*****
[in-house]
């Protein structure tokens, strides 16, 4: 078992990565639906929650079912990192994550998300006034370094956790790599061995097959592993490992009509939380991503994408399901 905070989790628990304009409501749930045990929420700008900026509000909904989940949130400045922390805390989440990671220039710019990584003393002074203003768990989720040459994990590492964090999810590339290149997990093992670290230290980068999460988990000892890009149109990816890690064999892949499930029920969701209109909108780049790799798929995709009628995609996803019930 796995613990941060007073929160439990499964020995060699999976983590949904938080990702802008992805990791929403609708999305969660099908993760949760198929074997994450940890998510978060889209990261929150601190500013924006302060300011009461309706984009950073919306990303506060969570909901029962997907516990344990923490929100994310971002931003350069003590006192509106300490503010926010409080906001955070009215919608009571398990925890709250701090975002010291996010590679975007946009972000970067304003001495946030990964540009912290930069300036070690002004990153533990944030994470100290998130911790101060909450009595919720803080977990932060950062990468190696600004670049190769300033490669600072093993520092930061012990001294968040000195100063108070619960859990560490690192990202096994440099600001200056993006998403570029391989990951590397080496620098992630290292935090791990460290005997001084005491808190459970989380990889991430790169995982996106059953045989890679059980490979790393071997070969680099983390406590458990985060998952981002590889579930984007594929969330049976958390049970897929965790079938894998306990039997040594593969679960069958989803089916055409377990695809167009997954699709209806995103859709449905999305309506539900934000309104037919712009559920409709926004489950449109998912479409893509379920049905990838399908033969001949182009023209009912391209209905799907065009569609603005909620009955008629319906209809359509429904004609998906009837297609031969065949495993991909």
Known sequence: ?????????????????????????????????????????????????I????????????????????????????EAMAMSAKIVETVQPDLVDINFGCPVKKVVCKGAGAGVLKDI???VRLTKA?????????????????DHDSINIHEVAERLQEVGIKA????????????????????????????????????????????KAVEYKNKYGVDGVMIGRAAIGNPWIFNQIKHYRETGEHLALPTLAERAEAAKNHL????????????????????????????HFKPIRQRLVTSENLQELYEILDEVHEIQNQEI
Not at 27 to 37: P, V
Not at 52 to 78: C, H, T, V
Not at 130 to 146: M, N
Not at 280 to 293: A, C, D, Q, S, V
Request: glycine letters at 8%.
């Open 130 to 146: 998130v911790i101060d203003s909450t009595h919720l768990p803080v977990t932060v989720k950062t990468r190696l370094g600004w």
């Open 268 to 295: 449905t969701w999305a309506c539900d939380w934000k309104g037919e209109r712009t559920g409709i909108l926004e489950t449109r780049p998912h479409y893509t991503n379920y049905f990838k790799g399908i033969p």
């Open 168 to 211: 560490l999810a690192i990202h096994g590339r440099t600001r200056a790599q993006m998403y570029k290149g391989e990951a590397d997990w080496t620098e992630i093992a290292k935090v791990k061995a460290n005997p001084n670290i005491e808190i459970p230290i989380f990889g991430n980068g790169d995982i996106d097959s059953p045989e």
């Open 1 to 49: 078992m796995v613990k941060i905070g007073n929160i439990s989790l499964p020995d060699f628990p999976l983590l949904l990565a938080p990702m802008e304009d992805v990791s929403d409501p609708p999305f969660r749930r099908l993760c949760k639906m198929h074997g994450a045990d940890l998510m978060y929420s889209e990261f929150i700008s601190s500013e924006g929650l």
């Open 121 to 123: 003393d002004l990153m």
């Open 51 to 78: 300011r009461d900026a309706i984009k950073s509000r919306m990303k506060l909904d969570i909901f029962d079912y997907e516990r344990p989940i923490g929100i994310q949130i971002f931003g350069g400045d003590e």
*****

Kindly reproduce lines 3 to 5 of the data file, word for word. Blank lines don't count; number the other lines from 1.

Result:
Known sequence: ?????????????????????????????????????????????????I????????????????????????????EAMAMSAKIVETVQPDLVDINFGCPVKKVVCKGAGAGVLKDI???VRLTKA?????????????????DHDSINIHEVAERLQEVGIKA????????????????????????????????????????????KAVEYKNKYGVDGVMIGRAAIGNPWIFNQIKHYRETGEHLALPTLAERAEAAKNHL????????????????????????????HFKPIRQRLVTSENLQELYEILDEVHEIQNQEI
Not at 27 to 37: P, V
Not at 52 to 78: C, H, T, V